invoker = &c; //now invoker pointer points to the Character reference c
}

--and now we should be able to access the actual Character that was sent as an argument, and not a copy.

If we sent a copy, any changes we would do to the value pointed to by invoker would be for the copy and not the actual Character.

Edit: Had I left invoker a non-pointer, the assignment-- invoker = c; --would have sent invoker a copy of the current state of the Character &c, but even so it would still be a copy and not the actual reference that I want control of.

getCharacter().setHP((getCharacter().getHP() + 20)); .

I think I get what's going on now. getCharacter(). #1 is saying "use the character that is being referenced by the function", with the .setHP being the call for the member function. Then getCharacter() #2 is doing the same thing as the first, and getHP is taking the value of the characters HP and adding 20 to it.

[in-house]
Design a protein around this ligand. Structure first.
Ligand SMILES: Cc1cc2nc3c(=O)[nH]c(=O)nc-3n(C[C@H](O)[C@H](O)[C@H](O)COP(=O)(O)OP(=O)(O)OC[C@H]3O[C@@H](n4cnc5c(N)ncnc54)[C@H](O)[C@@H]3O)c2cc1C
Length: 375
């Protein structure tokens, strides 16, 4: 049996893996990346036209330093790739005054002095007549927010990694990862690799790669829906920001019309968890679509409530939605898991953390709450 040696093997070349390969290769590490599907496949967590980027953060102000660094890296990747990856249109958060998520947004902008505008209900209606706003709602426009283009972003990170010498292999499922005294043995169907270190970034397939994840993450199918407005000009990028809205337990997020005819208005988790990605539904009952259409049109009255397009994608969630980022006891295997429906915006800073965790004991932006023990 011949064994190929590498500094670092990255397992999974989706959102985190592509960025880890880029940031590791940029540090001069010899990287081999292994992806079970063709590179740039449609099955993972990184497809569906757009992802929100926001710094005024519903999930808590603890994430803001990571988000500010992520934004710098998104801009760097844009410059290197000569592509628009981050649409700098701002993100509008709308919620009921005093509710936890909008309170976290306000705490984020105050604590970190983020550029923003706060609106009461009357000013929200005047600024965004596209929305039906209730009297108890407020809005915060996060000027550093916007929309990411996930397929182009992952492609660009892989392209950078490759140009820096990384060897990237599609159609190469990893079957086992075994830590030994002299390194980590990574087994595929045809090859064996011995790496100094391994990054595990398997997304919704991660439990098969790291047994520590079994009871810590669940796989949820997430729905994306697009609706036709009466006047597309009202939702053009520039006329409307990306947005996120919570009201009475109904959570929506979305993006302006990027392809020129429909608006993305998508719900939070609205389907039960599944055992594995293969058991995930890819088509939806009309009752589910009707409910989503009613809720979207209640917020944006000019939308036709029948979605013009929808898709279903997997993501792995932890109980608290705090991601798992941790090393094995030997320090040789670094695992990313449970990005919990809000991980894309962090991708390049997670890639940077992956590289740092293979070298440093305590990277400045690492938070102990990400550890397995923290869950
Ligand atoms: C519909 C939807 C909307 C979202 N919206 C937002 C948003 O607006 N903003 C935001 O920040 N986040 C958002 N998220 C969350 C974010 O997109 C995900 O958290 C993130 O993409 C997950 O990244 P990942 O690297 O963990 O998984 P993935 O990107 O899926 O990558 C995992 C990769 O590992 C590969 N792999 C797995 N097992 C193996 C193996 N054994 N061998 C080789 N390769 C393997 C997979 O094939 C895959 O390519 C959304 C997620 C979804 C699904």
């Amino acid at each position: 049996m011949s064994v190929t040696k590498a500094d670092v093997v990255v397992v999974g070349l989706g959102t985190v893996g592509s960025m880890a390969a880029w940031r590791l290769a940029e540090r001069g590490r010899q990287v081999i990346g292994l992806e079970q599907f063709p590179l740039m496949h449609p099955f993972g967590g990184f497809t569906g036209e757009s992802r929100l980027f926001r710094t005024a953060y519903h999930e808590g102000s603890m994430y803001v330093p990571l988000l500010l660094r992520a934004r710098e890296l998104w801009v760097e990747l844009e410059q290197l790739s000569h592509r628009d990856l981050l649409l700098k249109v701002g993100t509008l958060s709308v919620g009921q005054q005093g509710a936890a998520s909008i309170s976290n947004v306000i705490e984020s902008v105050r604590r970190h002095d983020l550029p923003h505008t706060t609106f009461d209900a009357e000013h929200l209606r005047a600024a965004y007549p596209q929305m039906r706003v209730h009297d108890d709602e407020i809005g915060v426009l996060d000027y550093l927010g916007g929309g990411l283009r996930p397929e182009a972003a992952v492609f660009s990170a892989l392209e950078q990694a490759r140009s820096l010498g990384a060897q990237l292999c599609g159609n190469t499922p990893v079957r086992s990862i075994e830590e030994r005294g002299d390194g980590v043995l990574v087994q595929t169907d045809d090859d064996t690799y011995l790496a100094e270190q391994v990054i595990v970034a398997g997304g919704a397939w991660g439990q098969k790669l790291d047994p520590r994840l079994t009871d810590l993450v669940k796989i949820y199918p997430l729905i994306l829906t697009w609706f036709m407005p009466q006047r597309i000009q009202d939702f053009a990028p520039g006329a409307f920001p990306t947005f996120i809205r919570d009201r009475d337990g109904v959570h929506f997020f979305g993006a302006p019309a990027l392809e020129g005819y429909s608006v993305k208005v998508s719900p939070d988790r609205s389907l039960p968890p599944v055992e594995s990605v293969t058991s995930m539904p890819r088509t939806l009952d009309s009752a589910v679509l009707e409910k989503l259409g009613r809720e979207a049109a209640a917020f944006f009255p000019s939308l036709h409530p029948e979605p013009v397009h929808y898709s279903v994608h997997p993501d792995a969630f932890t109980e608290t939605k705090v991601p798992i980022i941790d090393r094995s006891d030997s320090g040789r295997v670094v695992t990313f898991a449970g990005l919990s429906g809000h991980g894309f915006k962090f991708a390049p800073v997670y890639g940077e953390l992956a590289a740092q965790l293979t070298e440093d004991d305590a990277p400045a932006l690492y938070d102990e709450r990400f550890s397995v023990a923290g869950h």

I think I get what's going on now. getCharacter(). #1 is saying "use the character that is being referenced by the function", with the .setHP being the call for the member function. Then getCharacter() #2 is doing the same thing as the first, and getHP is taking the value of the characters HP and adding 20 to it.

Exactly.

However, you should set some bounds in your Character::setHP(int amount) method.

For example--

void setHP(int amount)
{
   if(amount >= 0) //if hp is being increased...
   {
      if((getMaxHP() - getHP()) >= amount) //if amount added to current hp doesn't exceed maxHP...
      {
              setHP(amount + getHP());
      }
      else if((getMaxHP() - getHP()) < amount) //if amount added is too much, just set to maxHP..
      {
              setHP(getMaxHP());
      }
   }
   else
   {
      //code for when character receives damage...
   }

}

What's up with the Item *items and then later setItems(Item *theitem)

What's up with the Item *items and then later setItems(Item *theitem)

Item *items simply states that I have a private pointer variable named items. It's a declaration.

setItems(Item *theItem) allows an assignment of multiple items to the private variable items.